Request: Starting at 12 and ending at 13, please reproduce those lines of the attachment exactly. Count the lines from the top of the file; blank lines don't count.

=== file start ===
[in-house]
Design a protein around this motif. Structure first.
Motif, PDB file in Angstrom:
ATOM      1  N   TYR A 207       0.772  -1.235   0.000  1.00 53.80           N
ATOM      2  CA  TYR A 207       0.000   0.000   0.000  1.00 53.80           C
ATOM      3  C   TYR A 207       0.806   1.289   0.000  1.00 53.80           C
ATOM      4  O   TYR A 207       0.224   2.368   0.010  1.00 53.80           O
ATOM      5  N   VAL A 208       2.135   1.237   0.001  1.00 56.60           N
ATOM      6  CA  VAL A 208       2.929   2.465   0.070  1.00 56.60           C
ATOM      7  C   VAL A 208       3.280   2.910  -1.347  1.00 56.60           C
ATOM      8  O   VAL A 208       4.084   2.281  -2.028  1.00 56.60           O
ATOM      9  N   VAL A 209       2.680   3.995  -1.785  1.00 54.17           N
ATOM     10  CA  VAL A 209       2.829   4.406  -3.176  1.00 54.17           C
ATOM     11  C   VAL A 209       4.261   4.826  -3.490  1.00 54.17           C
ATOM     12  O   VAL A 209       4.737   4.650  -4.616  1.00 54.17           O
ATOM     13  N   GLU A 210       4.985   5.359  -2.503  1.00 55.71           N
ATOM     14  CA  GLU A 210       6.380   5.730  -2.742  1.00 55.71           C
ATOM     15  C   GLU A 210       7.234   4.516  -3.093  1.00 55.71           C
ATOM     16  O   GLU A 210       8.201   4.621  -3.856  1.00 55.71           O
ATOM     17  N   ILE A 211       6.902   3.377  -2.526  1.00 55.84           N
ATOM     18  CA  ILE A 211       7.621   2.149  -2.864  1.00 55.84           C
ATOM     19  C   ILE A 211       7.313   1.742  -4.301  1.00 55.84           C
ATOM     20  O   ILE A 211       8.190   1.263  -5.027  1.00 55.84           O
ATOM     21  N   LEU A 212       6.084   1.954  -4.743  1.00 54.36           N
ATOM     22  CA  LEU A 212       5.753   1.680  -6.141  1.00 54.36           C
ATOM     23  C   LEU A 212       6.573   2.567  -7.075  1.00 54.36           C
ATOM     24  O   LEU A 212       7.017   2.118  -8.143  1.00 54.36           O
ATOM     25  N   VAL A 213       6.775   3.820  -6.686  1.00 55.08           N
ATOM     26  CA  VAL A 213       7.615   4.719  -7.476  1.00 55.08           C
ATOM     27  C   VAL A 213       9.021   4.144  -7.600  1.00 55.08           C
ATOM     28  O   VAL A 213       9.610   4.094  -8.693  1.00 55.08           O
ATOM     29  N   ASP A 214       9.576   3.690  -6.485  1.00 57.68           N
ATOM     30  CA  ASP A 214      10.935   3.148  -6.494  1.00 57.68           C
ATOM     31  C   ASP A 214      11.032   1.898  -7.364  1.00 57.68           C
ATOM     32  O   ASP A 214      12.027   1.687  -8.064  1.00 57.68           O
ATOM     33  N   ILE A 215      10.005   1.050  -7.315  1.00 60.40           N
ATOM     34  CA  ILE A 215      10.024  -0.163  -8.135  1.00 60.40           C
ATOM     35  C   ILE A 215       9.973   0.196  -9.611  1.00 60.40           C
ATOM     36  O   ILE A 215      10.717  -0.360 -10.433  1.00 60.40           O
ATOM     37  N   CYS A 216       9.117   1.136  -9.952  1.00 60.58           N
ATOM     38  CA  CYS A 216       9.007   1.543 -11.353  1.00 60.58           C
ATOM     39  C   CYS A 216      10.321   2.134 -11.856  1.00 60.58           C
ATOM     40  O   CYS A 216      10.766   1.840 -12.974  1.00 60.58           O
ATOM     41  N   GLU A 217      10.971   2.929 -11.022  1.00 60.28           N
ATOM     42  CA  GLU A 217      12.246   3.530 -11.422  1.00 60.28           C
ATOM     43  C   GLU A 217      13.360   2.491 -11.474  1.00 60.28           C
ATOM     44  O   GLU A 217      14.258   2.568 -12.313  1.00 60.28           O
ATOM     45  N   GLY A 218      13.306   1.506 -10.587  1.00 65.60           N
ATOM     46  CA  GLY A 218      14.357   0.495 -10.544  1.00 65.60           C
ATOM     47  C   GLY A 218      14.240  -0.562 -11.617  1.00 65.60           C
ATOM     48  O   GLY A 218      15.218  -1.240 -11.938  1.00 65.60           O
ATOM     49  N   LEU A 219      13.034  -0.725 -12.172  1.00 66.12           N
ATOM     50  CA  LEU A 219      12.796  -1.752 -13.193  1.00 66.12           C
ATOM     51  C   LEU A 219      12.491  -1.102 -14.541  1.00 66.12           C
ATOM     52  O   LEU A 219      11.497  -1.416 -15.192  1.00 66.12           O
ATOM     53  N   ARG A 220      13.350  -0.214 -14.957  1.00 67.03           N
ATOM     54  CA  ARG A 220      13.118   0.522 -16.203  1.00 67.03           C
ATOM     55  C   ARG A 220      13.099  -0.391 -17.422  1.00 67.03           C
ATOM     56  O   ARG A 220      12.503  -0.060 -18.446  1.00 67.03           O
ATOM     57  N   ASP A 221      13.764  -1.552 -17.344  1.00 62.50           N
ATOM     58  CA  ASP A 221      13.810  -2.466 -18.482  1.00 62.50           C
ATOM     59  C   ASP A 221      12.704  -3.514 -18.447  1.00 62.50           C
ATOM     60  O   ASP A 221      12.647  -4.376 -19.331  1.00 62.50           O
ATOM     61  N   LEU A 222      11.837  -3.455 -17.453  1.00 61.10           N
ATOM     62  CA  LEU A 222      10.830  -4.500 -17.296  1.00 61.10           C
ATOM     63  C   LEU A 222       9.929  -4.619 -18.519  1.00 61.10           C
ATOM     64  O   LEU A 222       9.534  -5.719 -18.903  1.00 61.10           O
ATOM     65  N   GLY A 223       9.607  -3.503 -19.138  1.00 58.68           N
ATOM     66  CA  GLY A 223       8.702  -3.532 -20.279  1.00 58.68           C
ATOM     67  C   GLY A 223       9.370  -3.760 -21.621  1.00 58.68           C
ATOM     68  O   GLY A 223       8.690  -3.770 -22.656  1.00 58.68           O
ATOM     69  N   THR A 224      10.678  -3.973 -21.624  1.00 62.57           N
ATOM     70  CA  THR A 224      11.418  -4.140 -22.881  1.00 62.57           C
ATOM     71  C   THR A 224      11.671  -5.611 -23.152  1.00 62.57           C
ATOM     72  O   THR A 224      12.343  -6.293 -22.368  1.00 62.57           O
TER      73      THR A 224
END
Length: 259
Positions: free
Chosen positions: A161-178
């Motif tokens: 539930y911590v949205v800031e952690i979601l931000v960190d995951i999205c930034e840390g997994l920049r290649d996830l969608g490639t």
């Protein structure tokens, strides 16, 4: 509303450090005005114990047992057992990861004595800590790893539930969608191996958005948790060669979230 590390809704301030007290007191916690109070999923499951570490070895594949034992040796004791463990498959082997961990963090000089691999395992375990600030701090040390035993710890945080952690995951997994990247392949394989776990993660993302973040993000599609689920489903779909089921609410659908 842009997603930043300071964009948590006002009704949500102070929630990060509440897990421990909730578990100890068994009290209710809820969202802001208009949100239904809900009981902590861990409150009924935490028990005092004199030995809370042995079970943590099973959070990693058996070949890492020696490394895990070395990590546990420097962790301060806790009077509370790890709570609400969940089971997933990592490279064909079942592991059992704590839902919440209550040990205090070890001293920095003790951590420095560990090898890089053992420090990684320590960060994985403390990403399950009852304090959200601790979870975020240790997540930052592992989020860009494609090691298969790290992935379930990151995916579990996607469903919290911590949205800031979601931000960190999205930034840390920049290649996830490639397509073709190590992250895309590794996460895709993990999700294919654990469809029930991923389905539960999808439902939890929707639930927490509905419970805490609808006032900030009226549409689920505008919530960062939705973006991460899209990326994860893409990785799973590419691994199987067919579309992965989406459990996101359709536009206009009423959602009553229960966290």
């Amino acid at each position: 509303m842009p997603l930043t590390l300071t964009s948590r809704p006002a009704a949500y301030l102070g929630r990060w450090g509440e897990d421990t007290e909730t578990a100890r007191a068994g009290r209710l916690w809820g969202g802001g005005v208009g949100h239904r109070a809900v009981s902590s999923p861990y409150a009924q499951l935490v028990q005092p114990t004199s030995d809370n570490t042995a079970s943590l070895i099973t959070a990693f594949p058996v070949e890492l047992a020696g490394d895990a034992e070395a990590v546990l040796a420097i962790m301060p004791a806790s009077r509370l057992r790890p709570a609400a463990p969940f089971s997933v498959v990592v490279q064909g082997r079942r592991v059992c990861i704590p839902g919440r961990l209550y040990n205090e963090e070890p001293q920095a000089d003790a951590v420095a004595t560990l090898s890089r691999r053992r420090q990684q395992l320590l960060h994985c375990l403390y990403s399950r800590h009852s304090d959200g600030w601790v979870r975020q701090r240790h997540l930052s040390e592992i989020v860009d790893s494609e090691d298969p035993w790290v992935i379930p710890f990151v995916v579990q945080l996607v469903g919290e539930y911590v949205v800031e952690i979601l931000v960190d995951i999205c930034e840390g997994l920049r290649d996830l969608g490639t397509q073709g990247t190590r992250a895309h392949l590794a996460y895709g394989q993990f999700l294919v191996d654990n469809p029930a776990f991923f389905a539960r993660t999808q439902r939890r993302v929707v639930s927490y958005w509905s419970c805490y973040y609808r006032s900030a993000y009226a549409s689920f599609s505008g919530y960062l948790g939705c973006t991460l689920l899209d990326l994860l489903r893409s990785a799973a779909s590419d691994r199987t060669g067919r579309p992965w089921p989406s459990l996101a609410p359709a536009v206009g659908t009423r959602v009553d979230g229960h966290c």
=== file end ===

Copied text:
ATOM      9  N   VAL A 209       2.680   3.995  -1.785  1.00 54.17           N
ATOM     10  CA  VAL A 209       2.829   4.406  -3.176  1.00 54.17           C